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Letter from Mrs. G. E. Finch to Mr. M. Nance, Jr.

Friday, February 16, 1968
Florida (FL), Orangeburg, SC

This letter, dated February 16, 1968, was written to Mr. M. Nance, Jr. from Mrs. Finch. In this letter, she states that while the situation in Orangeburg is "regrettable" it can be fixed. She says that other ethnic groups would not lead demonstrations as blacks have. She says black people lack "imagination and energy''. Finch states that while she believes blacks have suffered "grievances, she has contempt for so-called "free loaders".

Letter from Joan Daves to MLK

Friday, March 27, 1964
New York, NY

Joan Daves sends three checks to Dr. King. The first check is an advance due from Harper and Row, the second represents an advance from NAL and the third is a partial payment from "Life."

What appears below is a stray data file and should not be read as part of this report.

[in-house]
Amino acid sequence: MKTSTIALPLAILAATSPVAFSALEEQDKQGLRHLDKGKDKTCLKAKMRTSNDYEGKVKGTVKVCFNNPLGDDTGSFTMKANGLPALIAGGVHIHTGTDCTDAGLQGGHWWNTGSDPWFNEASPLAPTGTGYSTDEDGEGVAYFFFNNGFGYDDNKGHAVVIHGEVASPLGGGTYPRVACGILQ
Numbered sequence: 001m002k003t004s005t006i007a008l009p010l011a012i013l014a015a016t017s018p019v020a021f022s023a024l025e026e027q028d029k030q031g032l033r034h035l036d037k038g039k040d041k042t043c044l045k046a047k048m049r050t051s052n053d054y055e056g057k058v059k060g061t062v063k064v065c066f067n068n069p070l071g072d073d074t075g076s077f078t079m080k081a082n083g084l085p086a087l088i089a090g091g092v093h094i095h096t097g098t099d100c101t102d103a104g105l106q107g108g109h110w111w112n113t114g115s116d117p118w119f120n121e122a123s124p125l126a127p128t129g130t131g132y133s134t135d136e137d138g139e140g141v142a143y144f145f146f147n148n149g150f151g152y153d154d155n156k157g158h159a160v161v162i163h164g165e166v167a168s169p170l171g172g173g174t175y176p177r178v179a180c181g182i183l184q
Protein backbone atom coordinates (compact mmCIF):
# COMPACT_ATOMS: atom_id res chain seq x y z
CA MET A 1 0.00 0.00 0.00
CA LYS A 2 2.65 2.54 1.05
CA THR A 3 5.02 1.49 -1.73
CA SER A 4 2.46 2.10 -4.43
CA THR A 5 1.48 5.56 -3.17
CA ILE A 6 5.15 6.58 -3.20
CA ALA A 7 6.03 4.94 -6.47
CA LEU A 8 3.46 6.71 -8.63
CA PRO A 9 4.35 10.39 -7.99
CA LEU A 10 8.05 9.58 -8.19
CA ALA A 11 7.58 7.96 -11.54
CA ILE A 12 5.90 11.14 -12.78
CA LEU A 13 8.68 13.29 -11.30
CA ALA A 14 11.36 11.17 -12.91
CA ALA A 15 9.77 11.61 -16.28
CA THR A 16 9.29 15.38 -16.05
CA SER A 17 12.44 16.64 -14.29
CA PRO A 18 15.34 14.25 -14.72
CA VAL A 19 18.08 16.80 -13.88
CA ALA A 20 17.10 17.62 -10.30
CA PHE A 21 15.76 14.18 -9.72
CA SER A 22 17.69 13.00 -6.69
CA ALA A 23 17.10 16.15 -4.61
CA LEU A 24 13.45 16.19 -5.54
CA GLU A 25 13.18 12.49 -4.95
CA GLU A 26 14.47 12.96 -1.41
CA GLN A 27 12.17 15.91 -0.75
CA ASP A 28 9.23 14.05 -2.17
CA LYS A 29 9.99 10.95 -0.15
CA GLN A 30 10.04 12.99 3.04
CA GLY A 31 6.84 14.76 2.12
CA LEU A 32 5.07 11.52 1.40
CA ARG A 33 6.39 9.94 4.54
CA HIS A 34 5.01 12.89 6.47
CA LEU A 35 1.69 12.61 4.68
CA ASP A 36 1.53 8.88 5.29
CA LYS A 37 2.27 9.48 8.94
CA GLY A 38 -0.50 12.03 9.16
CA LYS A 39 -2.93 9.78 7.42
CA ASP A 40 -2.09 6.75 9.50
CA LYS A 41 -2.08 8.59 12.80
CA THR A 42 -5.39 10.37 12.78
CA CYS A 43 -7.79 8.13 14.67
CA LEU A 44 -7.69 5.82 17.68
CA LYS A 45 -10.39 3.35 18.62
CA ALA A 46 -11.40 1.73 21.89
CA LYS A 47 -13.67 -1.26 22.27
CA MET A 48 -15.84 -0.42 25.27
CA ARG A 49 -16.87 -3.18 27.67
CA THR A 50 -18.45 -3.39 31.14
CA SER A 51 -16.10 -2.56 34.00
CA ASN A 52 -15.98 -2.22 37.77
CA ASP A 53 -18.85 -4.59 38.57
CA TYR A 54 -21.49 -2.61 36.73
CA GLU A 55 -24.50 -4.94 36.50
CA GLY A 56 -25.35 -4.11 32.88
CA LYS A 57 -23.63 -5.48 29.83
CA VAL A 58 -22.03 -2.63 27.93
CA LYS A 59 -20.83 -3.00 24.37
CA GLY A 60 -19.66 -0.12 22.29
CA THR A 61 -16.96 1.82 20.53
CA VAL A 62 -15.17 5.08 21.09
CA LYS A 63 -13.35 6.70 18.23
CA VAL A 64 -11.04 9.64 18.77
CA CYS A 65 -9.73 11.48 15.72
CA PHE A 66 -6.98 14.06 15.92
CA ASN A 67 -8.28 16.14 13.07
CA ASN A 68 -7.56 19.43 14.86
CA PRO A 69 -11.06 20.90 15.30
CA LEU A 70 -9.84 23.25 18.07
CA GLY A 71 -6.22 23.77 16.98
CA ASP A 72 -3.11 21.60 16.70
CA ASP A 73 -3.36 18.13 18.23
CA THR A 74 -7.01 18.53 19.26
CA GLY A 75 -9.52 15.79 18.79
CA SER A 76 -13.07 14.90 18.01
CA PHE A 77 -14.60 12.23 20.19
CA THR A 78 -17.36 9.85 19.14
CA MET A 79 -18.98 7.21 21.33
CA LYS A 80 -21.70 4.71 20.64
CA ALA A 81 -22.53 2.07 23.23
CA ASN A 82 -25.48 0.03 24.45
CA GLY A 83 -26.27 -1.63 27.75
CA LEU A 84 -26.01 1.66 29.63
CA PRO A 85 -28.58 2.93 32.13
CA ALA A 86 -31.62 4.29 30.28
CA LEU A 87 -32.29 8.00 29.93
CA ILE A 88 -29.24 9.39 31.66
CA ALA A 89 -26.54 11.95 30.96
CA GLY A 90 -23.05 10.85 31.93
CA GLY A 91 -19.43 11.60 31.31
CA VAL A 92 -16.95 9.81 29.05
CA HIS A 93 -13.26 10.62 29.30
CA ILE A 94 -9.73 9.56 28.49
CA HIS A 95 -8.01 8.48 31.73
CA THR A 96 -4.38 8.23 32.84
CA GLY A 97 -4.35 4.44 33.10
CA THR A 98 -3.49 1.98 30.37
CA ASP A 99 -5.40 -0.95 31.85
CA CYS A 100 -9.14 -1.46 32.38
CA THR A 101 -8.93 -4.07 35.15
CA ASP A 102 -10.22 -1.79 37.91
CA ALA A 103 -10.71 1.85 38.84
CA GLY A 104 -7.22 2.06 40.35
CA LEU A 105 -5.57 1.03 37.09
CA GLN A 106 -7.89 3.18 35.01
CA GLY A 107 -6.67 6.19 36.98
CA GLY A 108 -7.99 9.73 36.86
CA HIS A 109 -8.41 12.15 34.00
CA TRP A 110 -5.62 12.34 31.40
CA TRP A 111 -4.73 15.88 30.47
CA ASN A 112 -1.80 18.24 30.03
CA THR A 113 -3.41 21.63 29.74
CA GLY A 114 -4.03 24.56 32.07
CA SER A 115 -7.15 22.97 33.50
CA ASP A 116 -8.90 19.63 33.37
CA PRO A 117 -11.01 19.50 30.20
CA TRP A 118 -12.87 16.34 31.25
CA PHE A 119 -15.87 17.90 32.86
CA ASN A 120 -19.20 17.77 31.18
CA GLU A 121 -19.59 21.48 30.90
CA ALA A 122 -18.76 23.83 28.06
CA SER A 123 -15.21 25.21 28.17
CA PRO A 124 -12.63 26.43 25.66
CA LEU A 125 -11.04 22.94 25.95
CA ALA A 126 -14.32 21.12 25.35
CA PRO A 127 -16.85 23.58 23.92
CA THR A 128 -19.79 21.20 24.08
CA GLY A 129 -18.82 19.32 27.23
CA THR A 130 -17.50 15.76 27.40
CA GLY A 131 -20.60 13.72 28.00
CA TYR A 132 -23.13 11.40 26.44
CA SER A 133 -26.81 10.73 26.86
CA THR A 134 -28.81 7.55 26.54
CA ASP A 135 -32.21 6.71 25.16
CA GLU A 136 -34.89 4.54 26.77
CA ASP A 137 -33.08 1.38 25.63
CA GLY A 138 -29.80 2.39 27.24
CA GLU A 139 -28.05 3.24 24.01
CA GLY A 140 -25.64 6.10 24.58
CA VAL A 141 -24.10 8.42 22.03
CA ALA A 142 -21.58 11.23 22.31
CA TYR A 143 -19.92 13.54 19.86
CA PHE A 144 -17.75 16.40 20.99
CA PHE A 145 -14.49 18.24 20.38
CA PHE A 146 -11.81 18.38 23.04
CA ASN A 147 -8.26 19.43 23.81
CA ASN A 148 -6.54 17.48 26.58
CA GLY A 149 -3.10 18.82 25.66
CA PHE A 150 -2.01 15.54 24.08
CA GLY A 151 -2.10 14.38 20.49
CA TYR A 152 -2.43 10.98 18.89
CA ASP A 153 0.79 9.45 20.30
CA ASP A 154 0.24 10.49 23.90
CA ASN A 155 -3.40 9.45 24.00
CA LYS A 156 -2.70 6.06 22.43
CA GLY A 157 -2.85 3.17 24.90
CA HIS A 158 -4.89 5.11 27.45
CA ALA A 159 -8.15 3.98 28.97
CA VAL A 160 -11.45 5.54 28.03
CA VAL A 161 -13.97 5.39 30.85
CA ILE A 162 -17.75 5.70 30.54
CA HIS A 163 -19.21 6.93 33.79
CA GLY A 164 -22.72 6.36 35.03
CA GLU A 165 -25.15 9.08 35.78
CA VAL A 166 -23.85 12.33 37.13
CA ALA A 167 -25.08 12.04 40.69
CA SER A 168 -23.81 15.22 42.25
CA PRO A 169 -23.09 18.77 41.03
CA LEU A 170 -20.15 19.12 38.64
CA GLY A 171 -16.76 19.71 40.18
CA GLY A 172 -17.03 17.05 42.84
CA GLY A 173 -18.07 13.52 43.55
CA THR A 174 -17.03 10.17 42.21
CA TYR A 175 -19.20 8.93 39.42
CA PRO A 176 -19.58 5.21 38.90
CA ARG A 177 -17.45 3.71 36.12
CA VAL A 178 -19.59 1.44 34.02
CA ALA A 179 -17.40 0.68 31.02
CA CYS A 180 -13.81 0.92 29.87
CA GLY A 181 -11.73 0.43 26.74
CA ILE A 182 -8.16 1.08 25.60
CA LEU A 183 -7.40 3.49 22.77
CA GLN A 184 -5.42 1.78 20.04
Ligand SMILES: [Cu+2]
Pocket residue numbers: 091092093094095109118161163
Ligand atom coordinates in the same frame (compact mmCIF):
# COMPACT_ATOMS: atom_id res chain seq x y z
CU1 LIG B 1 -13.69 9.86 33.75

Letter from MLK to Senator J. Glenn Bealll

Monday, June 22, 1964
Washington, D.C.

Dr. King thanks Senator J. Glenn Beall for supporting the passage of the Civil Rights Act of 1964.

Letter from MLK to Mr. Randall Elias

Thursday, December 30, 1965
Illinois (IL), Chicago, IL

This letter is Dr. King's reply to Mr. Randall Elias's letter regarding a civil rights march from Chicago to Springfield. Dr. King writes that the SCLC is in Chicago, but is unaware of any planned civil rights march .

Letter from Dora McDonald to Mr. Maurice B. Fagan